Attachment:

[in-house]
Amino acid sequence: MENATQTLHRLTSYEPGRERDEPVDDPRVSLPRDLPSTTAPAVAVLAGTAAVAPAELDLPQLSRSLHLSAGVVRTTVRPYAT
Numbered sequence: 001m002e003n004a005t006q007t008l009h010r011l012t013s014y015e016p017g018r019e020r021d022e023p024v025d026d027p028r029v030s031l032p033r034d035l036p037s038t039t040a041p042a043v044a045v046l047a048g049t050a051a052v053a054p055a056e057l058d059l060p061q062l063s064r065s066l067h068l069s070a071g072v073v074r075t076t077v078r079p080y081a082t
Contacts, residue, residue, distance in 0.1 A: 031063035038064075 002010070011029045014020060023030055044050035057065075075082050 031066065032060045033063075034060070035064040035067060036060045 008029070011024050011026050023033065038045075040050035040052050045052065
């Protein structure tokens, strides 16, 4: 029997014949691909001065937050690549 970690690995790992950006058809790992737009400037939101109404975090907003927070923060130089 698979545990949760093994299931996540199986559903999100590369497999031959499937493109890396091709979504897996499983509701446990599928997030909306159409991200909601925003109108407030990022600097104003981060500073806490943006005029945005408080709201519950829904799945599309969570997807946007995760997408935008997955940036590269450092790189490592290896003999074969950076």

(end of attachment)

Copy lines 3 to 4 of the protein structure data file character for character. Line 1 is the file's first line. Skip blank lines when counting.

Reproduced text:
Numbered sequence: 001m002e003n004a005t006q007t008l009h010r011l012t013s014y015e016p017g018r019e020r021d022e023p024v025d026d027p028r029v030s031l032p033r034d035l036p037s038t039t040a041p042a043v044a045v046l047a048g049t050a051a052v053a054p055a056e057l058d059l060p061q062l063s064r065s066l067h068l069s070a071g072v073v074r075t076t077v078r079p080y081a082t
Contacts, residue, residue, distance in 0.1 A: 031063035038064075 002010070011029045014020060023030055044050035057065075075082050 031066065032060045033063075034060070035064040035067060036060045 008029070011024050011026050023033065038045075040050035040052050045052065